Having said that, his liver is, at least partially, the cause of his problems. After his transplant, David ended up with adenovirus. (How he caught it, we don’t know – he only left the hospital for a day before I brought him back sick.) In you or me – adeno is simply a cold. It can cause pneumonia and make you feel like crap, but generally it isn’t much cause for concern.

David was highly immunosuppressed when he caught it, he was on steroids and Prograf and the adenovirus had a field day with his less than spectacular immune system.  So while his body was trying to ward off the adenovirus, his liver tried to help. Just what all good livers should do.

Which, if it had really been his liver and his lymphocytes, that would have been fantastic. As it was – the lymphocytes his new liver created or already had in storage, went out, in reaction to the adenovirus, and attacked David’s immune system instead. That’s what’s called graft vs. host disease. That’s what made his skin all blistery and his gut not work and wrecked havoc on his eyes.

It’s why we’ve been throwing all these drugs at him. A new liver won’t do him any good – in fact, it could potentially add yet another set of donor cells to the frothy mix already buzzing around inside him. The drugs are trying to get the donor lymphocytes under control AND trying to get the adenovirus under control.

The treatments for these 2 diseases are the exact opposite. GVHD needs more immunosuppression (campath, steroids, prograf, etc) to get it under control and adenovirus needs a nice pretty immune system to fight it off. (cidofovir, ivIG)

I hope that helps explain things better and you understand a bit more of why they’re working so hard to balance all these drugs. The other things that come into play for him is the fact that several of these drugs are toxic to his kidney’s – that’s why his renal function is worsening. He retains fluid, which is bad for his lungs. They give him lasix to pee and then, when he pees too much, they have to give him fluids to help stabilize his heart rate and blood pressures.

It’s a balancing act through and through. I find it very difficult to say the words out loud – Capt Snuggles is not doing well. I know, I know I should be saying ‘he’ll get better’, ‘he pulled through before, he’ll do it again’, but I feel like that’s masking what’s really going on.

He’s very sick, there’s no two ways about it. It’s near midnight, they’ve turned up his vent settings. They are almost as high as he can go, on this vent. I’m truly afraid of what tomorrow holds. Will it be the other vent? The ‘life support’ vent that does all the breathing for him. Will he require it that soon? I’m devastated that’s it’s come to these thought’s so quickly.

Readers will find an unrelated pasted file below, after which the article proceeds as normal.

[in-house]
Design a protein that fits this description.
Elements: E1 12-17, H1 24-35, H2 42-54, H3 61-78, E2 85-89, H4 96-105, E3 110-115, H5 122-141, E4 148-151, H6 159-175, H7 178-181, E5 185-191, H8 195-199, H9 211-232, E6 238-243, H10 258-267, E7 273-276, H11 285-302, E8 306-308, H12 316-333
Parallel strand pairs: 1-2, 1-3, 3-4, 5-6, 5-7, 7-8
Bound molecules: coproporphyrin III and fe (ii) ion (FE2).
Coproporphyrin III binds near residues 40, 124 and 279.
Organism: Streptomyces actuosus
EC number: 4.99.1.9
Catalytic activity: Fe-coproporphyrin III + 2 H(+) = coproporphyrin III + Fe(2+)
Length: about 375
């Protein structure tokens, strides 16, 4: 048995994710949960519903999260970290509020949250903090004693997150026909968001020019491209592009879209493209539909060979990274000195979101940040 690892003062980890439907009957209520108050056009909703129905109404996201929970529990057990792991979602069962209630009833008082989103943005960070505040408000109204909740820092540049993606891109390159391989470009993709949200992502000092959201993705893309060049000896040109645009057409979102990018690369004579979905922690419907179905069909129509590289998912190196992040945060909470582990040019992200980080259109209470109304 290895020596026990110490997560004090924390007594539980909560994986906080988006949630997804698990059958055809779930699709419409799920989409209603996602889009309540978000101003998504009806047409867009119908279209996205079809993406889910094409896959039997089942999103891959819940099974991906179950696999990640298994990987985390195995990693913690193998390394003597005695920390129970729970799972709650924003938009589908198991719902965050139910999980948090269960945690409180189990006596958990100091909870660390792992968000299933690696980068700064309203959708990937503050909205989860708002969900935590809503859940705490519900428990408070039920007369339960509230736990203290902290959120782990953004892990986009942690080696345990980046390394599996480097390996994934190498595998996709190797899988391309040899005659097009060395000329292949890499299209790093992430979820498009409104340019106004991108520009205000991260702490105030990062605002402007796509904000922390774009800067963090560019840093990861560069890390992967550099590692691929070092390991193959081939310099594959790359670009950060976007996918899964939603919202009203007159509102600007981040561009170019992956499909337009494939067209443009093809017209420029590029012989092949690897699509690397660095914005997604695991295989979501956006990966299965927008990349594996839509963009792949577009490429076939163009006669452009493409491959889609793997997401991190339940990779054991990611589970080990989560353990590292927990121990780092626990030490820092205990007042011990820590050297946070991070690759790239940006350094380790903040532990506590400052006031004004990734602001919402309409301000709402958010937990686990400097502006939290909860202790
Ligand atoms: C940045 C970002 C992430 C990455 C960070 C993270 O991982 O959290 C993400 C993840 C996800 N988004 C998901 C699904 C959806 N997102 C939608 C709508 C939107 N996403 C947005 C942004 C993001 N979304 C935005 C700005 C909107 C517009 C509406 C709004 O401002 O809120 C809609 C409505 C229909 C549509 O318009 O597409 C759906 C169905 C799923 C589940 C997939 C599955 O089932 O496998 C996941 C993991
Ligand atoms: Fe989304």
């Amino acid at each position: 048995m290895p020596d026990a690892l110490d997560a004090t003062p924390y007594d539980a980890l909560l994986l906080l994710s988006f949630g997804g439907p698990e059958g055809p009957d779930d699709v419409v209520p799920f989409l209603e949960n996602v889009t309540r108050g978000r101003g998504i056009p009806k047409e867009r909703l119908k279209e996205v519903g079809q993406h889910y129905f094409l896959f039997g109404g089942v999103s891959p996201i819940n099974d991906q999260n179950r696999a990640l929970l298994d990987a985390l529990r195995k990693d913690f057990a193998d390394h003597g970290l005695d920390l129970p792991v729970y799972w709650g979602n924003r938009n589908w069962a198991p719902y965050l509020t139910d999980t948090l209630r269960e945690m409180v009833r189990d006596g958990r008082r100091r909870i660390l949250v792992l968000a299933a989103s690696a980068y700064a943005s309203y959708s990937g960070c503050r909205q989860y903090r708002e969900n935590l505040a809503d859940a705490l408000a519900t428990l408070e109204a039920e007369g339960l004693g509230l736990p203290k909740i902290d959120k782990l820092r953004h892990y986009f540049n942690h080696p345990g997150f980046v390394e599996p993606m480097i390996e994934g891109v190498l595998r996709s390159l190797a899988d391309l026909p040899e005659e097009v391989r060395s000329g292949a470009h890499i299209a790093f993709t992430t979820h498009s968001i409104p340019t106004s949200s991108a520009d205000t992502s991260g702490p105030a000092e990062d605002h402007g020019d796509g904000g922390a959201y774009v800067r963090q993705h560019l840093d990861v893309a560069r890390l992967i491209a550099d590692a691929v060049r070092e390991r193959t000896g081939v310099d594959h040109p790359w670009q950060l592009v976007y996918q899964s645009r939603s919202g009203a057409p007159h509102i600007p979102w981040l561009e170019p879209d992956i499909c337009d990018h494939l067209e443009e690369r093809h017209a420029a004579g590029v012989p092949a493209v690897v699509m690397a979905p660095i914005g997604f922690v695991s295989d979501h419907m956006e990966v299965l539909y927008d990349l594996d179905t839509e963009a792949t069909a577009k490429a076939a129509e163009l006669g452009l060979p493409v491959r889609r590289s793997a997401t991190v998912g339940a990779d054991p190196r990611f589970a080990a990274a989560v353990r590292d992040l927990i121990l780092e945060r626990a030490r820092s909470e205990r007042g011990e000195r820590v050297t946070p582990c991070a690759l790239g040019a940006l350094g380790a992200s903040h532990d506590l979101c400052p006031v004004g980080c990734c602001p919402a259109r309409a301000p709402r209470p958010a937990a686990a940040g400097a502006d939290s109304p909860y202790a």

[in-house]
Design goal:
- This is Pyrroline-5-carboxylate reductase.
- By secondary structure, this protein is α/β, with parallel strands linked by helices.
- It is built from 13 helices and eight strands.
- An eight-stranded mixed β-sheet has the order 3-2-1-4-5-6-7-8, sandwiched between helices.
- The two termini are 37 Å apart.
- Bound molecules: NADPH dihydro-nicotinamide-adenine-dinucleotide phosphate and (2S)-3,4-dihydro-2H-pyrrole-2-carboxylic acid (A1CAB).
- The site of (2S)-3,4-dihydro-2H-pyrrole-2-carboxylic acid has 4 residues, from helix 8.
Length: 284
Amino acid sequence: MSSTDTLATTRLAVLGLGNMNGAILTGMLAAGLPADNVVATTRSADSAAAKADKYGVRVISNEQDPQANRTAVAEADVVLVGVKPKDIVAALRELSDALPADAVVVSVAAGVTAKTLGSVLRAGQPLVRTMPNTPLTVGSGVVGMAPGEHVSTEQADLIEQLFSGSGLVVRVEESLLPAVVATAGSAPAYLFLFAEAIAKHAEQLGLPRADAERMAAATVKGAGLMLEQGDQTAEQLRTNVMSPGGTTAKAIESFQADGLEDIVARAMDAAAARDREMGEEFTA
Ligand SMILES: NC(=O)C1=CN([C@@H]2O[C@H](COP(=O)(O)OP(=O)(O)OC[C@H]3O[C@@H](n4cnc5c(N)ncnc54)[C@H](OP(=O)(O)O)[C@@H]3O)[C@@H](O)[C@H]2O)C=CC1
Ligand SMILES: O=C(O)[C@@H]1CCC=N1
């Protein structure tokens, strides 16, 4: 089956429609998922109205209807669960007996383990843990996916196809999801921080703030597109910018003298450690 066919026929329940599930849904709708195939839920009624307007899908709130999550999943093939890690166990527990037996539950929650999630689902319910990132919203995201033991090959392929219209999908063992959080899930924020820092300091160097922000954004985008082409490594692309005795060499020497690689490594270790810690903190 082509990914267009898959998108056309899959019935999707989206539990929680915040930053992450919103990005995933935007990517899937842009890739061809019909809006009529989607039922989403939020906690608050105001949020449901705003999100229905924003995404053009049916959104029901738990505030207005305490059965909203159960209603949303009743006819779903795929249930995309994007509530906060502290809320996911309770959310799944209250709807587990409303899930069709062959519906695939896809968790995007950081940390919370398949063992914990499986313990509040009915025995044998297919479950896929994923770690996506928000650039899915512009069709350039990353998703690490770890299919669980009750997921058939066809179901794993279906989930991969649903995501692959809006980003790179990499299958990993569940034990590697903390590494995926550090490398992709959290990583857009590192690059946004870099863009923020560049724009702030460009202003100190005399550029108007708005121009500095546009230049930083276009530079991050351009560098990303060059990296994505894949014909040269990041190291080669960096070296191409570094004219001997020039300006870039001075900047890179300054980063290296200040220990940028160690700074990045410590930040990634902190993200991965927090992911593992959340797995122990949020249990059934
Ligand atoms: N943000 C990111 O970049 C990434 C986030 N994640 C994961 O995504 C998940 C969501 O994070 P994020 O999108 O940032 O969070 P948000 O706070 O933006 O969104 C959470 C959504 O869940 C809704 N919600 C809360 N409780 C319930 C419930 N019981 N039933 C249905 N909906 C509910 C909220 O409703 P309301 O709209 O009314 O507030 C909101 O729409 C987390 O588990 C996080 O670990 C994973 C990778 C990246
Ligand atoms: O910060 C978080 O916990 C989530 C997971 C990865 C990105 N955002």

His kidney’s aren’t working very well, either. He had been peeing well. They gave him the lasix, but it didn’t produce any more urine.  If his kidney’s shut-down, yes they can put him on dialysis. But if he ends up on the life-support vent AND the dialysis – there aren’t any more machines to support him.

They are going to give him diuril and then another dose of lasix. He needs to pee. He had started to bleed from his nose, so they went ahead with another 2 units of platelets. ( He received platelets this morning, but they didn’t help much.) And the plasma.They went ahead with the plasma, as well.

*sigh*

There is nothing easy about any of this. No kinder, more gentler way to describe what he’s going through. This is what it is. Right now, this very moment, he is stable. He appears comfortable. It’s all I want: his comfort through all he has left to endure.

Categories: Life | Tags: , , , , , , , , , , | 20 Comments

And so it begins.

First, let me just say, I am in awe. In awe of the outpouring of love and support from the blogosphere.  Consider yourselves hugged. All of you. Even you folks that just lurk and don’t comment, yes I know you’re out there. I have amazing friends, Mindy and Kirsten, and to everyone who took to FB and Twitter, thank you, thank you, thank you.

I’d like to think the crackle of energy in here over night, was just my imagination – but when the nurse commented to me how ‘different’ our room felt from the others.  I knew. I knew each and every one of you was sending us all the bright and shiny, positive energy you could muster.

Thank you Sir and May I have another?

Because Captain Snuggles is not out of the woods by any means. In fact he’s very, very far from it.  They uttered that dirty word ‘septic’ this morning in rounds and all I can ever think of  when I hear that word, is dirty, toxic sludge swirling around,  poisoning him.